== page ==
United States. Office of Indian Affairs / Annual report of the Commissioner of Indian Affairs, for the year 1874
[Nevada], pp. 278-284 PDF (3.7 MB)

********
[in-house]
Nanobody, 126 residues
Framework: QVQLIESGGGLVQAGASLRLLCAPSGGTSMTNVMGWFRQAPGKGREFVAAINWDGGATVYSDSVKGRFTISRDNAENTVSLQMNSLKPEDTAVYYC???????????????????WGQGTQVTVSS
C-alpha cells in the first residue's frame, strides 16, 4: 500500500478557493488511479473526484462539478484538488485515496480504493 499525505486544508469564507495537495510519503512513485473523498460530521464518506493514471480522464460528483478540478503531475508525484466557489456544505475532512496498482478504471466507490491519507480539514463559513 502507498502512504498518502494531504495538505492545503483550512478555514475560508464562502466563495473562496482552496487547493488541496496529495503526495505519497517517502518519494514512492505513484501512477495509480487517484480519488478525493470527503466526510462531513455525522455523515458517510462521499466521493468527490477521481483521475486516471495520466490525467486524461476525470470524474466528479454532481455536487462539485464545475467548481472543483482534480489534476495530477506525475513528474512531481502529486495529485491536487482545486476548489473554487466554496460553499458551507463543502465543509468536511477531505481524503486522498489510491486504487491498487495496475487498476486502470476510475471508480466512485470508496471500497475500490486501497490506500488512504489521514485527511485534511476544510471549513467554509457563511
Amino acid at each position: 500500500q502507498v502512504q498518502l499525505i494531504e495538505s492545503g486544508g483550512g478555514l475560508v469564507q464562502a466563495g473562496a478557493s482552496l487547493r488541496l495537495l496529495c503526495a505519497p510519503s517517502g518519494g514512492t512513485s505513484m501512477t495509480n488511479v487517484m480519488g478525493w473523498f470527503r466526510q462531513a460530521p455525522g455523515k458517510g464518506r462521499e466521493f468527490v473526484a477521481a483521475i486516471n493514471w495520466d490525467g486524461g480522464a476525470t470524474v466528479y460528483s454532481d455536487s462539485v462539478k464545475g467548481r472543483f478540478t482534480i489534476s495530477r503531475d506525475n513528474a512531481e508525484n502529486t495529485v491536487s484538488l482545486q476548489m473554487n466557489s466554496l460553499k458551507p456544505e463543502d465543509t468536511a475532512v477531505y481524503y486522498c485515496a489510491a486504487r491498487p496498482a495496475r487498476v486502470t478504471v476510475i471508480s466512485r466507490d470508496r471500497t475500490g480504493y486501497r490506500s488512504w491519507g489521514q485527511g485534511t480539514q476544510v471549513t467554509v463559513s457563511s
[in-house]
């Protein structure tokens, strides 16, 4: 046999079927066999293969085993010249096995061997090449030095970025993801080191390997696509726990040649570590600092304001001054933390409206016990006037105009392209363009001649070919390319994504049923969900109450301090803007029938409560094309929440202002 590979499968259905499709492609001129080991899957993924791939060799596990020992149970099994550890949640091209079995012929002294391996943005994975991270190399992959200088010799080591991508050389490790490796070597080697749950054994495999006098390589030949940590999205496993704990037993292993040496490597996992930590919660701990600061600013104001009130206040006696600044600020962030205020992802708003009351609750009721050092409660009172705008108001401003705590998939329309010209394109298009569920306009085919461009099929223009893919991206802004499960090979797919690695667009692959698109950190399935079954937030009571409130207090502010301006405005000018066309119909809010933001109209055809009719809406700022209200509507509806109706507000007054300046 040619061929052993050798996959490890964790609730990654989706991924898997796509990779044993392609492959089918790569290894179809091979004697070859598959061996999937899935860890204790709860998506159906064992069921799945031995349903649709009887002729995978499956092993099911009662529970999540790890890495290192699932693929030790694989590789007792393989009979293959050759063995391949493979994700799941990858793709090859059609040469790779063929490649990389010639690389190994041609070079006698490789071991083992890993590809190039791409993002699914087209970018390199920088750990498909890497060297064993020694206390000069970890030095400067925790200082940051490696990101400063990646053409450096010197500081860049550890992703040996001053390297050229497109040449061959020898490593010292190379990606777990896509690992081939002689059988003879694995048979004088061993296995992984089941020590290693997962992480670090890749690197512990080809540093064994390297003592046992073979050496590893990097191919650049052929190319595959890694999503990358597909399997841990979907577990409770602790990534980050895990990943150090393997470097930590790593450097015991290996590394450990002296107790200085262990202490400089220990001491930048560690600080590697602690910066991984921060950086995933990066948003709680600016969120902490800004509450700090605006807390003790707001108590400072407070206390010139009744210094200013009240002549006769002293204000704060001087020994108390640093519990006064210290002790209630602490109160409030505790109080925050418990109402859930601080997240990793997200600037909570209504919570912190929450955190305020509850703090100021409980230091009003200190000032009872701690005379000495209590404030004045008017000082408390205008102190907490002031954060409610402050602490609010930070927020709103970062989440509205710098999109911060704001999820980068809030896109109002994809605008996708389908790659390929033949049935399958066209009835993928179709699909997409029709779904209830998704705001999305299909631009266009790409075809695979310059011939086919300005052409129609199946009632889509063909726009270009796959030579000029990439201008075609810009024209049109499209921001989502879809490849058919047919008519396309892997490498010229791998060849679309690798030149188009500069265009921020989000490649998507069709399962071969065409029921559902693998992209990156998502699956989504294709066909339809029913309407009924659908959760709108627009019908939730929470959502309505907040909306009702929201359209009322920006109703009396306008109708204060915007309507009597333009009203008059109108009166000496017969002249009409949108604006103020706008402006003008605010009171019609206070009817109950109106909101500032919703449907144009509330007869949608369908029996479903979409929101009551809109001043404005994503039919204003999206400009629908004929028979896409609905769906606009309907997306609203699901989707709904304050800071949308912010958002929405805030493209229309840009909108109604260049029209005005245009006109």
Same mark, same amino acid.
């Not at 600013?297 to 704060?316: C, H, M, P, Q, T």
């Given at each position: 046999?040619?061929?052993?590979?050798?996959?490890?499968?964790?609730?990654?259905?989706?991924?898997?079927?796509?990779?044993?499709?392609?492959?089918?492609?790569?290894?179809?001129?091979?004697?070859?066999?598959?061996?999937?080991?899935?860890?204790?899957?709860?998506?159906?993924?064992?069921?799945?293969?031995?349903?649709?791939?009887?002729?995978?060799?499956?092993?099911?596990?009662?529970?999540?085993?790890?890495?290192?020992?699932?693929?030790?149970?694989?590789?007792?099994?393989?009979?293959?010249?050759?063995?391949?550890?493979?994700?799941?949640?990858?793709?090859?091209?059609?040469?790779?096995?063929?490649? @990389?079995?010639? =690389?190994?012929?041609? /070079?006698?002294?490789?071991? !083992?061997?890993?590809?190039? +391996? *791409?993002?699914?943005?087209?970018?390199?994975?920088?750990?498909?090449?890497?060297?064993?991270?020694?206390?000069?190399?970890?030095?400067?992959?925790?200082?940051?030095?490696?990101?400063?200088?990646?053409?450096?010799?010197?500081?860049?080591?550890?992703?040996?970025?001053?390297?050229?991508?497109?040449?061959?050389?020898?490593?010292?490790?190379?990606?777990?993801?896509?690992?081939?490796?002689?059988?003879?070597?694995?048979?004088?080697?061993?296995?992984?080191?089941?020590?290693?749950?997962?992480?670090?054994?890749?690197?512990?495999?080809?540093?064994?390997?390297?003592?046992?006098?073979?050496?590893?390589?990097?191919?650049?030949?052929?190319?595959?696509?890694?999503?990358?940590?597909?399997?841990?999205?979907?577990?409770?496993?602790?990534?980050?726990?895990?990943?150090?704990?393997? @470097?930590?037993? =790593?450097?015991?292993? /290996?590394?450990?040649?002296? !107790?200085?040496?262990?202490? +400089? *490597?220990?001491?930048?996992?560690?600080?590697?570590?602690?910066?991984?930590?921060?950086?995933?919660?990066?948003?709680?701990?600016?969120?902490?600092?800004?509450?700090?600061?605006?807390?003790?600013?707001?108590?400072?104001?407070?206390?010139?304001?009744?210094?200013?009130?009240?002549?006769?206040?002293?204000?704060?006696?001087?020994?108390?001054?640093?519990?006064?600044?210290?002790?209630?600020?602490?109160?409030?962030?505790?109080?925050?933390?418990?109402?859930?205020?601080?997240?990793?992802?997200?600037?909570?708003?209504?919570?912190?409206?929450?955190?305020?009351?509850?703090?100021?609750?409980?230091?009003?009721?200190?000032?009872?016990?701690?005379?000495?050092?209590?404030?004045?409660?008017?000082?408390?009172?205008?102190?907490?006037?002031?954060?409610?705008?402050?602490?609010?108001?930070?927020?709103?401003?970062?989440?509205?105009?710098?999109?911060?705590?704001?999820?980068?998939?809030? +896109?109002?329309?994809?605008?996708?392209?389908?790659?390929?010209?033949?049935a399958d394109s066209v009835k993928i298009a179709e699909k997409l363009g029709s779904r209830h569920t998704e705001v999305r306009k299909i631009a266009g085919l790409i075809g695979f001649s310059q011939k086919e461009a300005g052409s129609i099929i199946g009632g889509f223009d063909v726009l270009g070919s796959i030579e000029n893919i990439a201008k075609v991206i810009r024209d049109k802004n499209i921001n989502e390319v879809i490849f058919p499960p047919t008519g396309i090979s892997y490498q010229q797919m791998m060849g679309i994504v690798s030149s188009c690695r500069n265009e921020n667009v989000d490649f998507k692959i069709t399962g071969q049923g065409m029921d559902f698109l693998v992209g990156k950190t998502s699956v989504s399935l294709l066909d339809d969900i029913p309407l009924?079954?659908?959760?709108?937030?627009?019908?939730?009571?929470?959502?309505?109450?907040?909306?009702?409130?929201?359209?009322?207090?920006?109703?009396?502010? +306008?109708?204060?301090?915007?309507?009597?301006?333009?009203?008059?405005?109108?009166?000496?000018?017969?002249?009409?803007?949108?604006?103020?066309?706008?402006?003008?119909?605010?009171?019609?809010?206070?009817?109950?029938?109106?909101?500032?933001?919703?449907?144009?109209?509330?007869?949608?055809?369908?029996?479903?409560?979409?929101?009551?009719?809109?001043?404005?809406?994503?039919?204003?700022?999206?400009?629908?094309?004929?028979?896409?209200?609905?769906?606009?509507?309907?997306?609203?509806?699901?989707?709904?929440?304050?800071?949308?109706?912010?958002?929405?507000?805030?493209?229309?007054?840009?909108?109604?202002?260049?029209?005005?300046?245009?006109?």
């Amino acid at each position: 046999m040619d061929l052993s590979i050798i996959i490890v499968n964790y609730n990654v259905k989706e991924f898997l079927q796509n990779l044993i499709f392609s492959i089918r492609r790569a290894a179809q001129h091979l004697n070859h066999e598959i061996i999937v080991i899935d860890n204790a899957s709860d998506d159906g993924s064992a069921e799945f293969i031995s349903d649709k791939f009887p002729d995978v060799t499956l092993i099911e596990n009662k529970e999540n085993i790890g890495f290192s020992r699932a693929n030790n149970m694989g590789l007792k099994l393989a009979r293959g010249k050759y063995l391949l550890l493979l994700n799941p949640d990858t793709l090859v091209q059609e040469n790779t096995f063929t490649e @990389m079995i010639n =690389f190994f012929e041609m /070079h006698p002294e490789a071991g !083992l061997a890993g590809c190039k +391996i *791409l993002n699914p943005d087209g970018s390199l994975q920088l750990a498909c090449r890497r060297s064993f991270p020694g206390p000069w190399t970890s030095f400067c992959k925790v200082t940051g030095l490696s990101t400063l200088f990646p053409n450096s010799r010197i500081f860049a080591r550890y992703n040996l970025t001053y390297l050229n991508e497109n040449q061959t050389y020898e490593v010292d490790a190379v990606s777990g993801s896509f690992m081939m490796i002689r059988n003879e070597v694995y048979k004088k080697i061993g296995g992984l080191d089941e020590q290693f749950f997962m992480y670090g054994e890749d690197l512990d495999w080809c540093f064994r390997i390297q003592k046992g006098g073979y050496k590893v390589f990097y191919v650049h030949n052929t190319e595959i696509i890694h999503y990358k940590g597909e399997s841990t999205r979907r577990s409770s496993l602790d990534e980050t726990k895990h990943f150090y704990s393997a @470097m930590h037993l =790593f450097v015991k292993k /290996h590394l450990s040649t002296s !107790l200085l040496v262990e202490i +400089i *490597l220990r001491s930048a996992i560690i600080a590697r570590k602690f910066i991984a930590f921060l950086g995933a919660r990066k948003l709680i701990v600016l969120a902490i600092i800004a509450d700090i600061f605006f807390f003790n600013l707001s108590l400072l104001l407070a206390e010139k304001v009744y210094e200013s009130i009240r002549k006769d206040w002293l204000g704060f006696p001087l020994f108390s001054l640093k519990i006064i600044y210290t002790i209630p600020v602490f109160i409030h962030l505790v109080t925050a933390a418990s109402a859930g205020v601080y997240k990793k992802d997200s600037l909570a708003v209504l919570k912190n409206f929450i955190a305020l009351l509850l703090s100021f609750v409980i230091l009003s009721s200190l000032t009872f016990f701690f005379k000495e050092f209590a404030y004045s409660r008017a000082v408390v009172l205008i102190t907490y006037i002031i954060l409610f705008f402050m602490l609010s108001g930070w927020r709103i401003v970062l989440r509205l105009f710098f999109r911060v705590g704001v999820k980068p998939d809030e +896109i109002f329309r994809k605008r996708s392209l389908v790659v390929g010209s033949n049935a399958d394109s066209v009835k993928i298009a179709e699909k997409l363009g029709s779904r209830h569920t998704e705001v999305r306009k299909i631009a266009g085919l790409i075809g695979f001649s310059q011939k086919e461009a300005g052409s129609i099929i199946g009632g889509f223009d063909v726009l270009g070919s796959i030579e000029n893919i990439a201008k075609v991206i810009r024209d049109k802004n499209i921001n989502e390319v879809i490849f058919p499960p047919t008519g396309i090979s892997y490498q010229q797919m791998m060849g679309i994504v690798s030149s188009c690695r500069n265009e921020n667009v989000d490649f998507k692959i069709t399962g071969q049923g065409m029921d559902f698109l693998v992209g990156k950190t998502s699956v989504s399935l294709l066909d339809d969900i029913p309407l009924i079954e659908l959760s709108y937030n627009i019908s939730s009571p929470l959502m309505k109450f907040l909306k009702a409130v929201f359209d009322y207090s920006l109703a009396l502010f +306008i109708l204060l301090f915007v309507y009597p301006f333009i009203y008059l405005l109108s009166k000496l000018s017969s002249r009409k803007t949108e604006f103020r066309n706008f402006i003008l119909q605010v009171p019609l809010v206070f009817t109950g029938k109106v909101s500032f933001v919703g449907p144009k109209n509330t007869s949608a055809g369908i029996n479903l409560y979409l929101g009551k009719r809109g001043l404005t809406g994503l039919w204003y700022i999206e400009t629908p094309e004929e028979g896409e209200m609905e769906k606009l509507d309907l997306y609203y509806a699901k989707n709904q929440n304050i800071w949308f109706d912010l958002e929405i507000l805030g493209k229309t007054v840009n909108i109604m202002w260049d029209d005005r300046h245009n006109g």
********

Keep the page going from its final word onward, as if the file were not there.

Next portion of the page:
282 REPORT OF THE COMMISSIONER OF INDIAN AFFAIRS. convinced that the service deserves the best efforts, and could the plan be effected, that an annual or biennial convention of all the Indian agents [should] be held, presided over by the honorable Commissioner of Indian Affairs. Let there be a thorough canvass of the subject and work. Each agent, from his personal stand-point, would be able to benefit and gain benefit from the other, and thus an intelligent and systematic plan be devised that would result in great good as well as perfect harmony. My experience of years' contact with different tribes of Indians justifies the declaration that Indian character in general is alike; and things equal, according to advancement in civilization acquired is one tribe or individual Indian superior to his fellow. I sincerely think that some way, if possible, should be devised to protect the agents in the Indian service from unjust and false attacks. The year past has witnessed these in the most aggravated form. From the Atlantic to the Pacific there has seemed to be a concerted effort to misrepresent and malign the agents. Is this to be continued ? If so, but little time will elapse ere men of unblemished reputation will refuse to engage in this service. They will not sacrifice so much, though the cause be important. But few good and true men are to be found who are willing to place themselves where vindication will be needful, especially as it has been satisfactorily proven that the attacking party never correct their statements by publishing the vindication. I am of the opinion that an easy and sure preventive to this abuse could be secured by adopting the paymaster system--that, in place of the super- intendents and agents being, as they now are, disbursing officers, let payments be made by inspectors, who shall visit each agency once in three months, examine accounts, and pay the same. This plan would add but little expense to the service, and in my humble opinion would exempt the agents from unjust accusations. I should be unwilling to conclude this report without recording my attachment to the Indians of the reservations under my care. If I have labored for ttieir good, it has been amply reciprocated by their fidelity; if I have urged them to diligence, the work accom- plished and results gained have rewarded their obedience. If all has not been accomplished that we hoped, we are thankful that we have done what we could, and our confidence in each other has increased with association. I can but regret that the schools have not been established that would, in some degree, perpetuate and repeat our efforts for all time to come. In this I have been disappointed, from reasons given else where, butt shall hope that some instrumentality will effect the desired object, and the "sower and reaper will rejoice to- gether. " When I entered this service I found in the office but little data that was of value to the incoming agent. This was unwelcome to a stranger just entering upon duties so vexed. I found, however, in the person of Franklin Campbell, esq., (the appointee as farmer upon Walker River reservation,) a man of intelligence and fully conversant with the Indians. Through him I learned much that was of great benefit. I wish that my successor may have the advantage of what I may have learned, and would respectfully recommend that he be appointed sufficiently early that he may reach here some time before the expiration of my term, and I will most cheerfully render him any aid in my power by way of his inaugura- tion. I will introduce him to the Indians, and show him all that I can in the way of office and reservation work. Let him be a man of large heart, one that will take interest in the advancement of the Indians, of kindness and yet firmness, a man that can say no emphat- ically to solicitors, and one not easily discouraged by rebuffs, and I will assure him that no better tribe of Indians can be found, and none that will adhere more tenaciously to him as a friend. I desire to return my gratitude to the Department for the indulgence and confidence ex- tended during the years that I have had this office; also to my employds for efficient aid in the administration of this service, and last, but not least, to the newspapers of Esmeralda and Washoe Counties, where my reservations are located, and the many citizens of Nevada who have encouraged me in my efforts to sustain the policy of good-will toward Indians. I beg the indulgence of the honorable Commissioner for this lengthy report. It being the last under my commission, I have been more elaborate than I otherwise should. I am, very respectfully, your obedient servant, C. A. BATEMAN, United States Indian Agent, Nevada. Hon. EDW. P. SM TI, Commissioner of Indian Affairs, Washington, D. C. PAI-UrE AGENCY, NEVADA, October 1, l874. SiR: I have the honor to submit herewith my second annual report of this agency. Agreeable to instructions from the Department, I have been absent from my agency a part of the year in visiting other Indians, and otherwise engaged as special commissioner. During this absence, the agency baa been respectively in charge of Dr. H. P. Geib, the physician, and H. C. Cullom, the superintending farmer, to whom great credit is dne tor the success which has attended its management the past year.
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